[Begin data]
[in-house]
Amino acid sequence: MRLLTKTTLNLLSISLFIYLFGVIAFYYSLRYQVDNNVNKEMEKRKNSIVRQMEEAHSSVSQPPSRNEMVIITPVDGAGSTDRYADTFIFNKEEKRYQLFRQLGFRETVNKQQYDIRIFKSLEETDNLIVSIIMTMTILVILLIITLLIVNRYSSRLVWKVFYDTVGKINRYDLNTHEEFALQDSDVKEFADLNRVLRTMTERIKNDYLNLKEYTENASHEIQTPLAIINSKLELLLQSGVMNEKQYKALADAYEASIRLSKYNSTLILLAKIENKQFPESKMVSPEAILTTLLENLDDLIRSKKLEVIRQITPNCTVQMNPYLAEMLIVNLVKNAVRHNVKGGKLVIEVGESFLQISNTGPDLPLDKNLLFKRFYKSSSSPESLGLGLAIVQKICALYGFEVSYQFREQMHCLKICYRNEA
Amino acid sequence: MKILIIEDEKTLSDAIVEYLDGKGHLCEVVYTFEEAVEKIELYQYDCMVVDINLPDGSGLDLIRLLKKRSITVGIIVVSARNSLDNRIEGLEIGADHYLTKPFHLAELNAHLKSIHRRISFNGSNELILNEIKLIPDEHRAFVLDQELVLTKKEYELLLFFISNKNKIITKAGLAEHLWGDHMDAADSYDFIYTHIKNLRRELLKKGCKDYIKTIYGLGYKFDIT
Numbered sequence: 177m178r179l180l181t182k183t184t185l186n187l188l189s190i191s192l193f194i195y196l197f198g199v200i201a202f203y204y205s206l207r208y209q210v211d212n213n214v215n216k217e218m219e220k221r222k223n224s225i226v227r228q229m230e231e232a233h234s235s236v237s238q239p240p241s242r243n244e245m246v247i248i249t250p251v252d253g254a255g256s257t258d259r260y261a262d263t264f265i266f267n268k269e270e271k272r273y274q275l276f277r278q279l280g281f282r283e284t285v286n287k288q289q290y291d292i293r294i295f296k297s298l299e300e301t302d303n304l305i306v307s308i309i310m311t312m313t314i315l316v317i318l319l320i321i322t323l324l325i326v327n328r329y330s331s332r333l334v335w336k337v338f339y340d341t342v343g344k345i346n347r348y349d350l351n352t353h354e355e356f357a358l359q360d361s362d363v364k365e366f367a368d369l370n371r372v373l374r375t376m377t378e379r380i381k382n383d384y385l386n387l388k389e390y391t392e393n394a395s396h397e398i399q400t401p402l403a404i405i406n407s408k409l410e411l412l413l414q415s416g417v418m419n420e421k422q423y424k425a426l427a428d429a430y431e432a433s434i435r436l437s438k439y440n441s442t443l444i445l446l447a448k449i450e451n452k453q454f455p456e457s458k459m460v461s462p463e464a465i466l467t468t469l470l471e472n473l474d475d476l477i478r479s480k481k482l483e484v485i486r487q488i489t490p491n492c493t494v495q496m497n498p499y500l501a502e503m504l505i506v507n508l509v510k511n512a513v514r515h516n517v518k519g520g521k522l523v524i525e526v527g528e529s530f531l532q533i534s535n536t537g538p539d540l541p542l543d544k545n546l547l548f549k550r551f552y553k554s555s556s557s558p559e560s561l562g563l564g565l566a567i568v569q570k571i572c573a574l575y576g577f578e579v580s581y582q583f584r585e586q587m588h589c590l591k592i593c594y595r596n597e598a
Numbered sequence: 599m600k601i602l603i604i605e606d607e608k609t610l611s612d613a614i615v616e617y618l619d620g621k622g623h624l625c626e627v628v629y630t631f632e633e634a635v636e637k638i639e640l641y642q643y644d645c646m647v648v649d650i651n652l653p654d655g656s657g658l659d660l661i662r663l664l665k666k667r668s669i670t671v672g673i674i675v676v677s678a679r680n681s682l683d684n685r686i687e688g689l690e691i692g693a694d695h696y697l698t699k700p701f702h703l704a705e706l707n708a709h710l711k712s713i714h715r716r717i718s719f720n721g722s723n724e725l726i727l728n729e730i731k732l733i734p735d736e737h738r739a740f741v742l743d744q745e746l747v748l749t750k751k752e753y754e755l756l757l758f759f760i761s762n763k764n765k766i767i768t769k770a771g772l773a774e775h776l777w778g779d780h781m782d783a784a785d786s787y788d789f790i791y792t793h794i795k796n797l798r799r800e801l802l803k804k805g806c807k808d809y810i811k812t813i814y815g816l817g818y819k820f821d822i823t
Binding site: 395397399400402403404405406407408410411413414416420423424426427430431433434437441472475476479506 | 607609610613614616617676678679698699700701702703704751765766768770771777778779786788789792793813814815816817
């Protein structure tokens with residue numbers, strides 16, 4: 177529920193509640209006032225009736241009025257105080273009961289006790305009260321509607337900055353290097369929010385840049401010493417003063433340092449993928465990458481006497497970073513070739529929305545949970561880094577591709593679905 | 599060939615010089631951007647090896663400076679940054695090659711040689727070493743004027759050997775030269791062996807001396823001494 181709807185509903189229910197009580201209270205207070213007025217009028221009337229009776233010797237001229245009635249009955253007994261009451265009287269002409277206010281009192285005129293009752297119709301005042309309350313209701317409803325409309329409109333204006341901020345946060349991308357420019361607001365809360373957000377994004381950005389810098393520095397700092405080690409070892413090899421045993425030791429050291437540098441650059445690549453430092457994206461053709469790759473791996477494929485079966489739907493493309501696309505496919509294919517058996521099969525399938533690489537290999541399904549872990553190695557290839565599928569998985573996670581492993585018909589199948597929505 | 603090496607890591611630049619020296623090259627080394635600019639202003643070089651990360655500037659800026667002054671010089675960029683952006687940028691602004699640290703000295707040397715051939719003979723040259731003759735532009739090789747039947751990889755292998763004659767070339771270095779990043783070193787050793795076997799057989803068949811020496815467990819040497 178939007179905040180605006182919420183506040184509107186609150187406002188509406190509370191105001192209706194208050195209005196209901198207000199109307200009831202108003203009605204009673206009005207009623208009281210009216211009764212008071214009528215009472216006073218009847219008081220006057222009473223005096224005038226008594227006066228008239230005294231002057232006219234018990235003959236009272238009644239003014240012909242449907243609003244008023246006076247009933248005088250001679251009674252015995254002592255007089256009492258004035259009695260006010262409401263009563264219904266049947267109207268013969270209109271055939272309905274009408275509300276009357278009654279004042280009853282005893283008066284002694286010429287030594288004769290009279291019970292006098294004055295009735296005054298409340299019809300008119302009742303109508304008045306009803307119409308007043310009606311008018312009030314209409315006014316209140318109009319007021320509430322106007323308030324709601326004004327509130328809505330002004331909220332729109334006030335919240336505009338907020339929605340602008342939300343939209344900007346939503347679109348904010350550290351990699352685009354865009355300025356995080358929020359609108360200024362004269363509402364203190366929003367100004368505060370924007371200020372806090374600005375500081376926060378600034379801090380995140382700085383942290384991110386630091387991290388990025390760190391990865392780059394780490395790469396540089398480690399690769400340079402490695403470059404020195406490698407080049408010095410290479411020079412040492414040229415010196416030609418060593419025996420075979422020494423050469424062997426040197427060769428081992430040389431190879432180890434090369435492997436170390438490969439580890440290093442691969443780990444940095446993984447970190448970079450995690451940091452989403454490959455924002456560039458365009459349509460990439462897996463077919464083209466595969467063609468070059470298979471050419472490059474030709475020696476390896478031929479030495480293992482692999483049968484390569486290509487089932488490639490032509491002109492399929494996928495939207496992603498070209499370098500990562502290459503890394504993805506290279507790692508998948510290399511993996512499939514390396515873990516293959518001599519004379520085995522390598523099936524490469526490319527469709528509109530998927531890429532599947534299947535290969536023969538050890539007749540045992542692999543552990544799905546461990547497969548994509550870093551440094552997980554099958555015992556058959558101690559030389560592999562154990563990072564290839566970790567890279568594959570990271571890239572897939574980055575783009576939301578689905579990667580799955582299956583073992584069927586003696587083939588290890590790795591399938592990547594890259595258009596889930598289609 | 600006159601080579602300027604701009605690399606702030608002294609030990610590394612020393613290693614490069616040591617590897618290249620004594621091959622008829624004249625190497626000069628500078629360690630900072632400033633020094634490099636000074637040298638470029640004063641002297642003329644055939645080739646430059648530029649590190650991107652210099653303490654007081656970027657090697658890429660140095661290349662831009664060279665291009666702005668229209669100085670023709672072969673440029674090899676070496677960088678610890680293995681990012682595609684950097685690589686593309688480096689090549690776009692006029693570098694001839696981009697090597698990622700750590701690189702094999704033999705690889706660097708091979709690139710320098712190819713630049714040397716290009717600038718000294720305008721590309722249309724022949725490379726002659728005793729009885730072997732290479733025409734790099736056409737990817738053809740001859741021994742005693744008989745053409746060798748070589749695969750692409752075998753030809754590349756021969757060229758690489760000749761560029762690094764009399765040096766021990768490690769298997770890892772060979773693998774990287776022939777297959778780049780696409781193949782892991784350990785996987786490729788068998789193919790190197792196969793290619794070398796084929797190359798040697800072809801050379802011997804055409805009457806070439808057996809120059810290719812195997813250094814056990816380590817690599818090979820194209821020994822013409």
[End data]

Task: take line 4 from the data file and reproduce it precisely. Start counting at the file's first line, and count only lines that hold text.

Numbered sequence: 177m178r179l180l181t182k183t184t185l186n187l188l189s190i191s192l193f194i195y196l197f198g199v200i201a202f203y204y205s206l207r208y209q210v211d212n213n214v215n216k217e218m219e220k221r222k223n224s225i226v227r228q229m230e231e232a233h234s235s236v237s238q239p240p241s242r243n244e245m246v247i248i249t250p251v252d253g254a255g256s257t258d259r260y261a262d263t264f265i266f267n268k269e270e271k272r273y274q275l276f277r278q279l280g281f282r283e284t285v286n287k288q289q290y291d292i293r294i295f296k297s298l299e300e301t302d303n304l305i306v307s308i309i310m311t312m313t314i315l316v317i318l319l320i321i322t323l324l325i326v327n328r329y330s331s332r333l334v335w336k337v338f339y340d341t342v343g344k345i346n347r348y349d350l351n352t353h354e355e356f357a358l359q360d361s362d363v364k365e366f367a368d369l370n371r372v373l374r375t376m377t378e379r380i381k382n383d384y385l386n387l388k389e390y391t392e393n394a395s396h397e398i399q400t401p402l403a404i405i406n407s408k409l410e411l412l413l414q415s416g417v418m419n420e421k422q423y424k425a426l427a428d429a430y431e432a433s434i435r436l437s438k439y440n441s442t443l444i445l446l447a448k449i450e451n452k453q454f455p456e457s458k459m460v461s462p463e464a465i466l467t468t469l470l471e472n473l474d475d476l477i478r479s480k481k482l483e484v485i486r487q488i489t490p491n492c493t494v495q496m497n498p499y500l501a502e503m504l505i506v507n508l509v510k511n512a513v514r515h516n517v518k519g520g521k522l523v524i525e526v527g528e529s530f531l532q533i534s535n536t537g538p539d540l541p542l543d544k545n546l547l548f549k550r551f552y553k554s555s556s557s558p559e560s561l562g563l564g565l566a567i568v569q570k571i572c573a574l575y576g577f578e579v580s581y582q583f584r585e586q587m588h589c590l591k592i593c594y595r596n597e598a